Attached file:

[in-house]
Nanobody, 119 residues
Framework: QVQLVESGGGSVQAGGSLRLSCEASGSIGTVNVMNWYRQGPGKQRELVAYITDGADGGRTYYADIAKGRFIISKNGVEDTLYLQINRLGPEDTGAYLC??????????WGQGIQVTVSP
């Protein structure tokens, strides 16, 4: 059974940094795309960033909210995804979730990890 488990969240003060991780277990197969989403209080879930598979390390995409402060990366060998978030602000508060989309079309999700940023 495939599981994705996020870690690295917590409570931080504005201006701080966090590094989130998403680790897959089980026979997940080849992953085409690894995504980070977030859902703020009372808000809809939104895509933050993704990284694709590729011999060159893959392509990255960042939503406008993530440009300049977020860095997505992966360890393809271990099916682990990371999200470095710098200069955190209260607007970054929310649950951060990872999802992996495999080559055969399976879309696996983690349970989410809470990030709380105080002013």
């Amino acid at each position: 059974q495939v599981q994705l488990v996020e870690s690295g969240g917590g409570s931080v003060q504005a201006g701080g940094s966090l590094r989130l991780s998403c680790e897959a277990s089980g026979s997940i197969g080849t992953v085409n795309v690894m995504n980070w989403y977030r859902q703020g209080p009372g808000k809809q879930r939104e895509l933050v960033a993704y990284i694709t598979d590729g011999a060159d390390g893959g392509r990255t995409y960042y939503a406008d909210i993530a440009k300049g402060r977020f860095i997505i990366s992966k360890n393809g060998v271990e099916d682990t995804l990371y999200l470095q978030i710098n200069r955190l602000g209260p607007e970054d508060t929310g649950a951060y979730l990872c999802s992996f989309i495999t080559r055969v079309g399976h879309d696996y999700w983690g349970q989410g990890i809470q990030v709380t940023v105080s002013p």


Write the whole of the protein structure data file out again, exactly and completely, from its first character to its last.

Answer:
[in-house]
Nanobody, 119 residues
Framework: QVQLVESGGGSVQAGGSLRLSCEASGSIGTVNVMNWYRQGPGKQRELVAYITDGADGGRTYYADIAKGRFIISKNGVEDTLYLQINRLGPEDTGAYLC??????????WGQGIQVTVSP
């Protein structure tokens, strides 16, 4: 059974940094795309960033909210995804979730990890 488990969240003060991780277990197969989403209080879930598979390390995409402060990366060998978030602000508060989309079309999700940023 495939599981994705996020870690690295917590409570931080504005201006701080966090590094989130998403680790897959089980026979997940080849992953085409690894995504980070977030859902703020009372808000809809939104895509933050993704990284694709590729011999060159893959392509990255960042939503406008993530440009300049977020860095997505992966360890393809271990099916682990990371999200470095710098200069955190209260607007970054929310649950951060990872999802992996495999080559055969399976879309696996983690349970989410809470990030709380105080002013």
């Amino acid at each position: 059974q495939v599981q994705l488990v996020e870690s690295g969240g917590g409570s931080v003060q504005a201006g701080g940094s966090l590094r989130l991780s998403c680790e897959a277990s089980g026979s997940i197969g080849t992953v085409n795309v690894m995504n980070w989403y977030r859902q703020g209080p009372g808000k809809q879930r939104e895509l933050v960033a993704y990284i694709t598979d590729g011999a060159d390390g893959g392509r990255t995409y960042y939503a406008d909210i993530a440009k300049g402060r977020f860095i997505i990366s992966k360890n393809g060998v271990e099916d682990t995804l990371y999200l470095q978030i710098n200069r955190l602000g209260p607007e970054d508060t929310g649950a951060y979730l990872c999802s992996f989309i495999t080559r055969v079309g399976h879309d696996y999700w983690g349970q989410g990890i809470q990030v709380t940023v105080s002013p």